Michael Shashoua: Question Time for Mifid II Opponents

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The industry’s likely successful effort to postpone Mifid II’s compliance deadline by a year to January 2018 is only a temporary salve for a lack of effort on straightening out data management, which could have made the lobbying unnecessary, Michael writes.

The apparent delay of the compliance deadline for Mifid II beyond the current January 3, 2017, deadline, raises more questions about the introduction of the rules in the first place: Was the 2017 deadline set by the European Commission realistic? Did it give the industry enough time to meet the requirements of Mifid II, including its associated Mifir rules and Recommended Technical Standards (RTS), which flesh out the data transparency requirements and ways that data management will be affected by required market infrastructure changes?

The European Securities and Markets Authority (ESMA) was lax and late in issuing specific technical guidance—only issuing the aforementioned RTS this September. So it’s hard to argue that the industry’s push to delay the Mifid II deadline for as long as a year, into early 2018, was made because the industry had dragged its feet.

However, with more than a year before the original 2017 deadline, it is hard to believe the industry can’t get the work done in that amount of time. After all, as Linedata’s Matt Gibbs told Sell-Side Technology, his company has already implemented a lot of the necessary changes for electronic trading.

The issues that others cite, such as the need to re-evaluate technology budgets and figure out technology solutions that can work for managing data across multiple regulatory compliance areas, are the sort of thing firms should already be doing on a regular basis, rather than just realizing that they’re necessary when regulatory compliance deadlines are near. Being unprepared isn’t a credible reason to demand that deadlines be postponed.

Hub and Spoke

Perhaps firms can look to an idea proposed by Anastasia Dokuchaeva, director of regulatory solutions at FactSet, as a way to relieve the regulatory burden from Mifid II. She proposes a “hub and spoke” approach to managing data needed for compliance with several regulations, including Mifid II. This model groups together data relevant to different regulations, whether that data is symbology, taxonomy, instrument and entity reference data, relationship information, or hierarchies, and locates it all in a hub. Addressing compliance with Mifid II, BCBS 239 stress tests, AIFMD or other rules, sets out each of these responsibilities as spokes, and distributes the common information outward. As Dokuchaeva says, this turns big data into “smart data.”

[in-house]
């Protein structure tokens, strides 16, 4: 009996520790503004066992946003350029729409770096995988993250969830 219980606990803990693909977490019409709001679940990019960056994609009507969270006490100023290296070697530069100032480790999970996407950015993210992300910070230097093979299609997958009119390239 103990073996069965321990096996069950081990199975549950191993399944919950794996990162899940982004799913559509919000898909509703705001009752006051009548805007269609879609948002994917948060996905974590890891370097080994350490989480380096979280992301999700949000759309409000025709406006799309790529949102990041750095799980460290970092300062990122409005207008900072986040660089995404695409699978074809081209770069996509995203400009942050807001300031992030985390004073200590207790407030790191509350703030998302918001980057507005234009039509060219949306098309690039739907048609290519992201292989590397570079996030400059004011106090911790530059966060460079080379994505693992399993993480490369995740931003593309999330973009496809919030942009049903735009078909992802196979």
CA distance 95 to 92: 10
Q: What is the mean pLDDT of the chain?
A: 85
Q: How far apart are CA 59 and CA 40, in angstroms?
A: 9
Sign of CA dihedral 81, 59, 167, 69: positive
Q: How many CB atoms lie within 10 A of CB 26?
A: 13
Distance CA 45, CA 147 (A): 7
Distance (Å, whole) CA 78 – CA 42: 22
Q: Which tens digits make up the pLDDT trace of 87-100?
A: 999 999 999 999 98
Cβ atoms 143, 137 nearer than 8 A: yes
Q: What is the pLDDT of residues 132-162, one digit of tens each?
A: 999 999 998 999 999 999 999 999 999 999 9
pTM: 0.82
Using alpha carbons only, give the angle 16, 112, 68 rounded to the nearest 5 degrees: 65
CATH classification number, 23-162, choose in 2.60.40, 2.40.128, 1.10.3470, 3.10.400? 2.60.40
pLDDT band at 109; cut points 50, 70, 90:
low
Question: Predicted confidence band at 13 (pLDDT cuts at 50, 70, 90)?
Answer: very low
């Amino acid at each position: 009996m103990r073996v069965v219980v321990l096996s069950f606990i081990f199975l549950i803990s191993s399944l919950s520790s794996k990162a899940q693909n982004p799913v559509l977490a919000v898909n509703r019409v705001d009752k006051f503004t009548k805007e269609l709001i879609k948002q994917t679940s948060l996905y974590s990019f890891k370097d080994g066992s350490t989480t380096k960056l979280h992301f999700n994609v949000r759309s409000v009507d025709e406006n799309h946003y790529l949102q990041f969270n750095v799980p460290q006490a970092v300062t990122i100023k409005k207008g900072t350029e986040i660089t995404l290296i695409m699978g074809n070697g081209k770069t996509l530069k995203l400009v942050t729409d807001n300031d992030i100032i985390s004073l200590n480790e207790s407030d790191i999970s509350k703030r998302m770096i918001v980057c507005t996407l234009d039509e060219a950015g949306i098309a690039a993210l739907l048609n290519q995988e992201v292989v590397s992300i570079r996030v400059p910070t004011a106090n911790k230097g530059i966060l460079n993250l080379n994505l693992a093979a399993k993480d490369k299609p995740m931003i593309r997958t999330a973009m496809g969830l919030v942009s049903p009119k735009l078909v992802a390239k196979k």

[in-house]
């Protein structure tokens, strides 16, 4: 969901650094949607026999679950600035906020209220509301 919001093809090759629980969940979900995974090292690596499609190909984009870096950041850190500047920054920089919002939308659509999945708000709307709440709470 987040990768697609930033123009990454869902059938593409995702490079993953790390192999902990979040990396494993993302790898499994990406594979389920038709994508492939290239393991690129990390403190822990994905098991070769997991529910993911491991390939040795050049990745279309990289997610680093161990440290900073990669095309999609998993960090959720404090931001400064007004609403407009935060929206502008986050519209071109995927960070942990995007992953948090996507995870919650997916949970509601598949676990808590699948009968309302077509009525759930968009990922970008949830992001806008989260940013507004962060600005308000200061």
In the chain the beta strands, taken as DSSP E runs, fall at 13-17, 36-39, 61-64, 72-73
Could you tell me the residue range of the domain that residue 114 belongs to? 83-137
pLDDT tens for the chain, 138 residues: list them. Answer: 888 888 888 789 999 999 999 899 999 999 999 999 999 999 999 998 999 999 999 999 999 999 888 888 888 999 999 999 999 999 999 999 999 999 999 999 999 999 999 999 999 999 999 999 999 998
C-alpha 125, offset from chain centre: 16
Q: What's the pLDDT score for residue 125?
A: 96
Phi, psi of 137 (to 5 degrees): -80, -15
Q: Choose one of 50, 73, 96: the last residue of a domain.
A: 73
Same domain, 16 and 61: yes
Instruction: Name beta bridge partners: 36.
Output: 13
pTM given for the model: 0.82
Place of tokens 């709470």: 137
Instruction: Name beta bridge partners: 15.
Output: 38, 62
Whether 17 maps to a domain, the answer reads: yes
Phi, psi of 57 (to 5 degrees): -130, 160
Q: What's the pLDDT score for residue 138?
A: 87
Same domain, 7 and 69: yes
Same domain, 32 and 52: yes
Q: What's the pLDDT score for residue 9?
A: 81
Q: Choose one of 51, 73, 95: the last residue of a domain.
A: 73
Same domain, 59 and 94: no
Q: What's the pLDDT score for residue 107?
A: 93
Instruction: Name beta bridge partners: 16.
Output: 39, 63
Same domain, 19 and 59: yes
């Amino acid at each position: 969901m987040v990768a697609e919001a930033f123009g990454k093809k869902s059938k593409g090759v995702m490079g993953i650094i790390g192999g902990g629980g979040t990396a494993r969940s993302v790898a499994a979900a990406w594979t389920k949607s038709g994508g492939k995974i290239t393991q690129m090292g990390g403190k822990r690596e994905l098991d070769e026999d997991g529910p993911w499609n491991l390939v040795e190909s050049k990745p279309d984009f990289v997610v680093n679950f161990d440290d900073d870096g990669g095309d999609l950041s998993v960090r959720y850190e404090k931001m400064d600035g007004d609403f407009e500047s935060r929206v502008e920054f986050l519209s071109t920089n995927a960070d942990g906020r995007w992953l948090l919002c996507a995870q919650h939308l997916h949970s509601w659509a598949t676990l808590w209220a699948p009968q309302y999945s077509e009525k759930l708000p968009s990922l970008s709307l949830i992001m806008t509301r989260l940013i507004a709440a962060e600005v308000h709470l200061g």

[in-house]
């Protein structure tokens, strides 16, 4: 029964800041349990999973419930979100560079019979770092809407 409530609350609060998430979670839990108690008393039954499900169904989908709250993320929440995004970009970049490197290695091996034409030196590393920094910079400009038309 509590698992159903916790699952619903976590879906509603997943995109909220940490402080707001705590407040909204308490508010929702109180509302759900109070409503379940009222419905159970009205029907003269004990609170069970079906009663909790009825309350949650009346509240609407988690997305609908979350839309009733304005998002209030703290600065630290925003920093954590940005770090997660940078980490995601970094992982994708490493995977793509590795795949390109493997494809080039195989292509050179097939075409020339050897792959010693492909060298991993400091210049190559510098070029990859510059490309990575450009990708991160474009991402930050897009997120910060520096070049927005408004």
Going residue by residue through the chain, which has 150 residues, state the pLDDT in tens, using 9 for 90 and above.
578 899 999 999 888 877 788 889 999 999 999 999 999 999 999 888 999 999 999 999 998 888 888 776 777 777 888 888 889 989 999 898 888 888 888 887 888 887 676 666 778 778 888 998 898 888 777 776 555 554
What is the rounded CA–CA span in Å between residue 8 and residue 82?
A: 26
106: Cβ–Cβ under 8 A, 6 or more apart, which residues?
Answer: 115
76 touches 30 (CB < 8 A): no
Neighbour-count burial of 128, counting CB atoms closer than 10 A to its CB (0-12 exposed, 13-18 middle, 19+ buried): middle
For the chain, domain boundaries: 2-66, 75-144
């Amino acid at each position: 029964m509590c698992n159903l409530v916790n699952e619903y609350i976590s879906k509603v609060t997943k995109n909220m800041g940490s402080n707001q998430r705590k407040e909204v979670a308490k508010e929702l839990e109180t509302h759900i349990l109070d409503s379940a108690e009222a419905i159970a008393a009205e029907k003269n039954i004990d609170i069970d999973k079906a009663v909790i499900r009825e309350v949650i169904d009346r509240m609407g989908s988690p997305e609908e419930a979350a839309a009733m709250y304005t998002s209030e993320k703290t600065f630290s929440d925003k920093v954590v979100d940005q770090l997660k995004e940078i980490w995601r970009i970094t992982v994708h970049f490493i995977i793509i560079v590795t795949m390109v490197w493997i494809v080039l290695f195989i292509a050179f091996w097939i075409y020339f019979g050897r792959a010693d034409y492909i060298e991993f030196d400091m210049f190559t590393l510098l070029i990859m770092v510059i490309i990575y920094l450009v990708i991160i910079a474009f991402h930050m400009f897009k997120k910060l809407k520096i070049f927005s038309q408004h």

Leveraging the data that firms already have available for compliance with other regulations and standards is a valuable shortcut that can reduce the time firms need to comply with Mifid II in particular. And hub and spoke is just one possible inventive approach that could raise firms’ confidence in their own ability to be ready by 2017.

However, before firms can leverage data to meet multiple compliance requirements, they ought to be sure the data is of the highest quality possible. A new survey of buy-side data professionals suggests that about 70 percent of them lacked confidence that their firms can ensure data quality on a par with the importance they place on it.

Prevalent data operations strategies, using complex application architectures requiring vast data integration and system reconciliation efforts, are creating data quality issues, says Marc Mallet, a vice president at SimCorp, which conducted the survey. Hearing of these kinds of issues, especially with data integration, which is where firms could get leverage and efficiency that would be useful for compliance, it’s more evident that many firms may have a lot more work to do, and it’s off target to blame only the regulators for delayed compliance specifications.

Hub and spoke could be a solution to these data integration issues. Those who cite the need to manage data relevant to compliance with different regulations could turn to this approach or invent their own way to simplify tangled data architectures. Either way, the questions about Mifid II’s postponement should be answered with hard work, not excuses. 

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